psarhjinian, while I don’t enjoy seeing people dieing horrible deaths, those deaths do serve a purpose. It helps to discourage people from doing stupid things. Bailing out GM/Chrysler while hurting the economy in the short term, would show other companies that nobody is “too big” to fail. And besides, the D3 have done a remarkable job of hurting this countries economy themselves by putting these companies on a collision course with BK. If they were run correctly, the country would never had to sink money into them.

      Don’t you feel that it’s great for US and Canadian taxpayers to “invest” in GM and Chrysler to see things like design and engineering studios being built in China (I know you need to build vehicles in China, but you can design them in Warren using US engineers) or having the company become a division of an Italian company that didn’t put any cash out?

    • 0 avatar
      psarhjinian

      I didn’t say that we shouldn’t let them die, but I do think that letting them die in the maw of a recession would have been worse.  The same applies to drug addicts: if they die in a sanitorium, hospital or detox program that’s better (for a given value of “better”) than dying on the street, sharing needles with other people, committing crimes to feed their addiction and causing all sorts of misery for everyone.
       
      This seems to be the point that people who disagree with pro-bailout proponents ignore or skip by: many of us aren’t saying “Keep GM alive at any cost”, but “Don’t let them die at a time when it could cause more harm then good”.  If this were 2005, I’d say fine, sure, put a bullet in GM and Chrysler and be done with it.  I might say the same a year or two from now, God willing.  In 2008 or 2009?  Heck no.
       
      I agree with the points about propping up a lame competitor, about socializing bad business decisions, and about coddling poor behaviour.  I just happen to care a little more about the economy not self-destructing.  I’d like to maintain the status quo until such time as we can afford the change.  I guess that makes me a “conservative”.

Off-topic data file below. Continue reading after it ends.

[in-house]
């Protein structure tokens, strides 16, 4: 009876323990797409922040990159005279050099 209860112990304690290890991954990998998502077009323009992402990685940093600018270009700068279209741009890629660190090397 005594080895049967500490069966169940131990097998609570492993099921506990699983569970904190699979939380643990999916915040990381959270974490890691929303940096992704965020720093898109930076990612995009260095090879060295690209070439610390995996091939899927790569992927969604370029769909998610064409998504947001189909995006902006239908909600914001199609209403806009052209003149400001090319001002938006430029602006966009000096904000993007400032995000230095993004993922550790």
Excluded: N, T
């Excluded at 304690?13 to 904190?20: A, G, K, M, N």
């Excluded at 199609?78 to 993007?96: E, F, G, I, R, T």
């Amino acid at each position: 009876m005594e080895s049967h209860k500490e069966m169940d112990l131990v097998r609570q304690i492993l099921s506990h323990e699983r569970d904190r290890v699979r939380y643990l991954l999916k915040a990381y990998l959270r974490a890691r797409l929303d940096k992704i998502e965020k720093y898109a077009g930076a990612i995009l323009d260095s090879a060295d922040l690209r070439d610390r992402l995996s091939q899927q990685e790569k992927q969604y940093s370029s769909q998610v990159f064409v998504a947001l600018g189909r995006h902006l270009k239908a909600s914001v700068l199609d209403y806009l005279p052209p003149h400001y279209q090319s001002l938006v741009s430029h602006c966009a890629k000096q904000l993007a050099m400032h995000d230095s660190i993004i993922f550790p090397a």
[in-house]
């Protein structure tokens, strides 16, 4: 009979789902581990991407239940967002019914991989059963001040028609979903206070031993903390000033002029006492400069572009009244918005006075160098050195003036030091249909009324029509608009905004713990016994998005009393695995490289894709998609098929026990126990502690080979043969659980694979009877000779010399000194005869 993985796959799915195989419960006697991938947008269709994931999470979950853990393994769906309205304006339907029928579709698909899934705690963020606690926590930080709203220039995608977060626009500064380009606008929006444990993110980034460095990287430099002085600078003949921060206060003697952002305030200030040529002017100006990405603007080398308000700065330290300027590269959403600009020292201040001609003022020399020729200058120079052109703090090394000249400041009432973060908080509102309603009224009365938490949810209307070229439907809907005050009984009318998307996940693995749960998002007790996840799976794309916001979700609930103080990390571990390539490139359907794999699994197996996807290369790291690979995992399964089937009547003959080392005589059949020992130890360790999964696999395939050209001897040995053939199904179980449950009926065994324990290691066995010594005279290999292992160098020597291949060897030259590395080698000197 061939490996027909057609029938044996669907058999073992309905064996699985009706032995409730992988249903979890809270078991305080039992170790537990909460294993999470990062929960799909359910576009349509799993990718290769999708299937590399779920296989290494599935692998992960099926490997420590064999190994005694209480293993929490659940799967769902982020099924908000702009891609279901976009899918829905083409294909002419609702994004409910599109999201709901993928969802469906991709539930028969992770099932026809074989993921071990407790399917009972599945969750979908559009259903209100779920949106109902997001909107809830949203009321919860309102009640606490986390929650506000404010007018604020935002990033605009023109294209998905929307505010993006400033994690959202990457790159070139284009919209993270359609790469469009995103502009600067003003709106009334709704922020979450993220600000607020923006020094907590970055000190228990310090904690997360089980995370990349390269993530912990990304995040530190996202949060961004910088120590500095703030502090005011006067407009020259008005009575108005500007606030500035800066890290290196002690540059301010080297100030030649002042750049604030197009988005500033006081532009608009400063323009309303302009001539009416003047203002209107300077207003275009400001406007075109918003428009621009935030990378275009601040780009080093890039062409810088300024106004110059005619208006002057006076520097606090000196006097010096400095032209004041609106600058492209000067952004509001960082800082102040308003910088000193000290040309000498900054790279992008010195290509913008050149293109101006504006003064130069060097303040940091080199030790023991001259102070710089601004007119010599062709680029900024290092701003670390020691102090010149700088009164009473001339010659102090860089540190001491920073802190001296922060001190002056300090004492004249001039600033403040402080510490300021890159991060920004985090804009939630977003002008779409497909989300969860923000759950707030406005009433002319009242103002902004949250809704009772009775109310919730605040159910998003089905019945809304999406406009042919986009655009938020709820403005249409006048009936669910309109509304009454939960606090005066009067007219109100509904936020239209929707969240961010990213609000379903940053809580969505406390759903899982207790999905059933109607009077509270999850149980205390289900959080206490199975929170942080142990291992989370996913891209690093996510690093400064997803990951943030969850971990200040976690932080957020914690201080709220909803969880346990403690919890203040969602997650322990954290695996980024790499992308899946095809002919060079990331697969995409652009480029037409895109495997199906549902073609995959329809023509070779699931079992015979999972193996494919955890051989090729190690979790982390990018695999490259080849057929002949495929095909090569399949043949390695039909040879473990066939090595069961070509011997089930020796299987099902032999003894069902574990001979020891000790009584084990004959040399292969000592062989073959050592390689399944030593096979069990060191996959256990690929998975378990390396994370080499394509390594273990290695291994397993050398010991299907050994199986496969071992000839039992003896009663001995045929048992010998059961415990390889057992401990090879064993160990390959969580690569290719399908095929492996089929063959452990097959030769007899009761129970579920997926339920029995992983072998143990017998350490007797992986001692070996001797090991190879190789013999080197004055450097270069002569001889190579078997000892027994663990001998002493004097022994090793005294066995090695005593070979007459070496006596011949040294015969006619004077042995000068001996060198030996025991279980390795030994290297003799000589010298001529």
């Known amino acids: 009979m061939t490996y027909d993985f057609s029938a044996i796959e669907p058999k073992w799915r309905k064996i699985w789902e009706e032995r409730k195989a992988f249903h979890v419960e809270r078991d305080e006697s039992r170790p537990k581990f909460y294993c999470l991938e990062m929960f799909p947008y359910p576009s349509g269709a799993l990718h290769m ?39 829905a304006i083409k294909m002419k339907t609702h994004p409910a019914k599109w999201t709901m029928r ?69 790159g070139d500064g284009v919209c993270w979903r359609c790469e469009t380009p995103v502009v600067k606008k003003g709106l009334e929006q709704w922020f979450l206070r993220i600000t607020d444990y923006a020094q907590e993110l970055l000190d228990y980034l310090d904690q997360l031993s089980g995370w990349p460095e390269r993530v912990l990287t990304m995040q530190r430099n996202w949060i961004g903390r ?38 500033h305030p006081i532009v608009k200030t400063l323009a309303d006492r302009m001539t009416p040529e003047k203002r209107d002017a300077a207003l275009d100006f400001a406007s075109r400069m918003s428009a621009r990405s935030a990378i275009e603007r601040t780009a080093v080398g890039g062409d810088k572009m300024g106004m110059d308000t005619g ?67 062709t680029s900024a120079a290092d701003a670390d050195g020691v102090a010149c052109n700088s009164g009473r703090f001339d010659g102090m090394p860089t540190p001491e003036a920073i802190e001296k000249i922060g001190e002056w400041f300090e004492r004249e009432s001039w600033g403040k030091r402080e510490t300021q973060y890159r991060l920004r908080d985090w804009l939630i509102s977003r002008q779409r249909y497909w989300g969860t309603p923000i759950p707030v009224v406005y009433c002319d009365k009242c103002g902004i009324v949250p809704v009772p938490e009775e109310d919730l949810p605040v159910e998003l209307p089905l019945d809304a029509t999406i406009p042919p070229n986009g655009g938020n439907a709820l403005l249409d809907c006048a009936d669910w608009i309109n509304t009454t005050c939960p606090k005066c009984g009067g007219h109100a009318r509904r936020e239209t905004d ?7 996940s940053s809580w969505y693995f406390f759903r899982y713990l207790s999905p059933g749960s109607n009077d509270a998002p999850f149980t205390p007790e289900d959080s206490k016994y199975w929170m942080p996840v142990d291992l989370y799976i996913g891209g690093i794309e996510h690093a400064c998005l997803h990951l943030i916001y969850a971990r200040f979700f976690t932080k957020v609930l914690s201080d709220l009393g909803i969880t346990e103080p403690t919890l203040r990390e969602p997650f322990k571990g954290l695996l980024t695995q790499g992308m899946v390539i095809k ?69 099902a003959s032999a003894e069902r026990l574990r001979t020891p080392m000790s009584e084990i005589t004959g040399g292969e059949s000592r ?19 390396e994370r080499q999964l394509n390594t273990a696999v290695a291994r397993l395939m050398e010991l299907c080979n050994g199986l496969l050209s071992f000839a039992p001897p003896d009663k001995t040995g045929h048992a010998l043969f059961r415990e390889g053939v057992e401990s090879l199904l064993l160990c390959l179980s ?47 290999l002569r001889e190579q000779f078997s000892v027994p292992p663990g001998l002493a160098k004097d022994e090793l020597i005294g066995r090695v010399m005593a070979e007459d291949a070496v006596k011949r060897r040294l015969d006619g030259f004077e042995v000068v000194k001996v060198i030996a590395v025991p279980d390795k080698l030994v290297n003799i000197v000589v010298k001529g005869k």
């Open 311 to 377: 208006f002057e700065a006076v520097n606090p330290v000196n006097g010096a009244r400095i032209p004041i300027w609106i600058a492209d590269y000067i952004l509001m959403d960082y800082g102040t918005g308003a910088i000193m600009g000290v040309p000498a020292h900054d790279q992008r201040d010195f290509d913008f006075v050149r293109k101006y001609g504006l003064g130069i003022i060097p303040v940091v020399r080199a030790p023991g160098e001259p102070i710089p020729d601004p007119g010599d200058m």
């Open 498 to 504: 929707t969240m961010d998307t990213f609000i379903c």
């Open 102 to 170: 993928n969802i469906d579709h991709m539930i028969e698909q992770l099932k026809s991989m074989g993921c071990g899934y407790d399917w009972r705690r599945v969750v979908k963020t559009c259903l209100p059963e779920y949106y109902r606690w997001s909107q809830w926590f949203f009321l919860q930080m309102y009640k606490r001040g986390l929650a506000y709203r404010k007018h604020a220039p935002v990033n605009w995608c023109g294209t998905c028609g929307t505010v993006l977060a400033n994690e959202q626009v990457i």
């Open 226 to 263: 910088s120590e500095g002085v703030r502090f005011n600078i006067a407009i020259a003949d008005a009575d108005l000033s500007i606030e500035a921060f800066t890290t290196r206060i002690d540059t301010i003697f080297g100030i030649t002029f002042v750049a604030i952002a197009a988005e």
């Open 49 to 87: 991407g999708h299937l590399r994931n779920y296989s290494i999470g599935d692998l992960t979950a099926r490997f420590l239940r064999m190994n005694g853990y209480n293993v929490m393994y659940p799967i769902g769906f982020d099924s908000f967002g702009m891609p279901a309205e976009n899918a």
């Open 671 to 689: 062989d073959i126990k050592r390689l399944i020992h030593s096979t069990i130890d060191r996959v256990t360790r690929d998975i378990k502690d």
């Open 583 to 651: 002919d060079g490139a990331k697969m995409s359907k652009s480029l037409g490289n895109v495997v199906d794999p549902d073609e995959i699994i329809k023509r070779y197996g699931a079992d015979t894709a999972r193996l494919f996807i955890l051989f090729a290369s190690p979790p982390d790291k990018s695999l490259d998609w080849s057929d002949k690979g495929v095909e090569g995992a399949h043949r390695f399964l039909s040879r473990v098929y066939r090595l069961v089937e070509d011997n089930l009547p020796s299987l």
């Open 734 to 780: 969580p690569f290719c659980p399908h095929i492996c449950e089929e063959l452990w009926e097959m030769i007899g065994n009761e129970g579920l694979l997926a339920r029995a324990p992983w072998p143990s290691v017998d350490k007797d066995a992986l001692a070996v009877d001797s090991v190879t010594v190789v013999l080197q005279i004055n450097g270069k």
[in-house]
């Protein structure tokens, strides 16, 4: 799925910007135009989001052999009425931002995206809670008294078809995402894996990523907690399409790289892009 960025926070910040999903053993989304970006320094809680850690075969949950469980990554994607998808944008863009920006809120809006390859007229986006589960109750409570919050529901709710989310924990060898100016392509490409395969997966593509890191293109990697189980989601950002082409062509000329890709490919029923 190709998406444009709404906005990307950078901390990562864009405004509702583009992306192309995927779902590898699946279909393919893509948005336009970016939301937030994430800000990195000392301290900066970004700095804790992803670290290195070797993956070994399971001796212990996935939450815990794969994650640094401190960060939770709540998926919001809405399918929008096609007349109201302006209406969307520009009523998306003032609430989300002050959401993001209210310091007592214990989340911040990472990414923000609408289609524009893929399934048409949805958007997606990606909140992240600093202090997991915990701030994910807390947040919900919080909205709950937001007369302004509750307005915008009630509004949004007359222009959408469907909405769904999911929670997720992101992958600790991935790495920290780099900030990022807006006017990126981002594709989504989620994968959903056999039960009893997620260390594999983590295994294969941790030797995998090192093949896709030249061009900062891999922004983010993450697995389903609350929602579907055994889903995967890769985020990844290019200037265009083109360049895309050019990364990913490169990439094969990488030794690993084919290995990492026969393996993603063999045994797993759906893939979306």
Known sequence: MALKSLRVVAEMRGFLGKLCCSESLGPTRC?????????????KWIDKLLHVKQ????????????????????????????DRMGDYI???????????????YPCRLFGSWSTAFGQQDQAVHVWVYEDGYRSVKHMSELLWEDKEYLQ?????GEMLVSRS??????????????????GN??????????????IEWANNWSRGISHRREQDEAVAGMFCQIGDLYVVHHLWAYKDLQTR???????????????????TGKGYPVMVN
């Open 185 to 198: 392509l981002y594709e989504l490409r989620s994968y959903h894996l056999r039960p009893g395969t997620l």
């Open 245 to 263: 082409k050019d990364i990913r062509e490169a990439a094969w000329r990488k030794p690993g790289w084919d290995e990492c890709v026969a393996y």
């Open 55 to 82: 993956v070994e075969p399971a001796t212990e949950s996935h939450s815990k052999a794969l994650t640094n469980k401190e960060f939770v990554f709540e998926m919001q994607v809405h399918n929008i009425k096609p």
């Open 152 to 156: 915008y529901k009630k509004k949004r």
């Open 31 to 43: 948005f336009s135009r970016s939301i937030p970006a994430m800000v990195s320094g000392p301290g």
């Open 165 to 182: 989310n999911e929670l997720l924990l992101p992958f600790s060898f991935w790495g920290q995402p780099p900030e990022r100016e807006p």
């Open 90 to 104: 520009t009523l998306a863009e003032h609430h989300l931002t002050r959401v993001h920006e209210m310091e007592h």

Imagine that?

    • 0 avatar
      ClutchCarGo

      “those deaths do serve a purpose. It helps to discourage people from doing stupid things”

      If that were true there would be hardly any addicts left. Human frailty will always have some people making horrible life choices regardless of the examples set before them. gslippy’s analogy was weak to begin with, but reversing the analogy to use free market principles regarding bankruptcy to support speeding addicts to their deaths for the benefit of society is utterly disgusting. I suppose that we should close the rehab centers as well, as a further disincentive to drug use?

      If they would rather die, said Scrooge, they had better do it, and decrease the surplus population.

    • 0 avatar
      gslippy

      @psar:
      Your refined position about the timing of the bailouts is news to me, and an interesting one.  I still don’t agree with it, but I did believe all along that you were a ‘save GM at all costs’ guy.  OK.

  • avatar

    I don’t think the government should be selling so many shares in the IPO. Which means that I think the stock will go up as GM’s future becomes less uncertain.

    I won’t be buying any to avoid a conflict of interest. Not that anything I do currently could affect GM’s stock price…

  • avatar
    view2share

    No I will not buy GM stock.
    America lost the edge when it went Euro and Asian designs.  If I want an Accord, which I own, I buy it from Honda.  If GM had rear wheel drive cars with a unique design, for a reasonable price, heck it may be something to consider.  The original CTS was like a breath of fresh air — Body by Fisher, good old days of style returning, but not much has happen since.  The Corvette is good looking, but then again it has always had cool designs. I see a trend though away from the Vette look… well maybe I am too critical.  As I see it, those two cars are GM/American styled and the rest is, well it is the rest — boring.  The new Buicks have that puffy pill look, with the too tall doors and the warmed over Japan style stolen from Euro, let’s have a one world look to them.  Boring!
    Looks wise, the Sky say kinda hit the mark.  Once I sat in it, looked over the car, the top and all, then took a look at the weight, pedal placement, fat A pillars, and such, I did not even have to drive the thing to know it was no Miata.  The latest Miata is just so much better engineered.  Sorry, I can think of nothing GM impressive at this time.
    A used CTS  or STS may be a good GM buy, or perhaps a C5 Vette.

  • avatar
    LALoser

    Yes, I plan to buy. It can go with TTM I own in this segment.
    ….I wonder if the government has got the money back for developing the internet…..

    • 0 avatar
      view2share

      http://www.youtube.com/watch?v=9hIQjrMHTv4
      History of internet is interesting
      So you own Tata.  Went to their site and do not see Jaguar listed there.
      Thought they bought the company.  I have seen the new Jag — long live the real Jag,
      I would be buying used, as in XJ6 or 8 and not this new look.  Sorry, just another car now.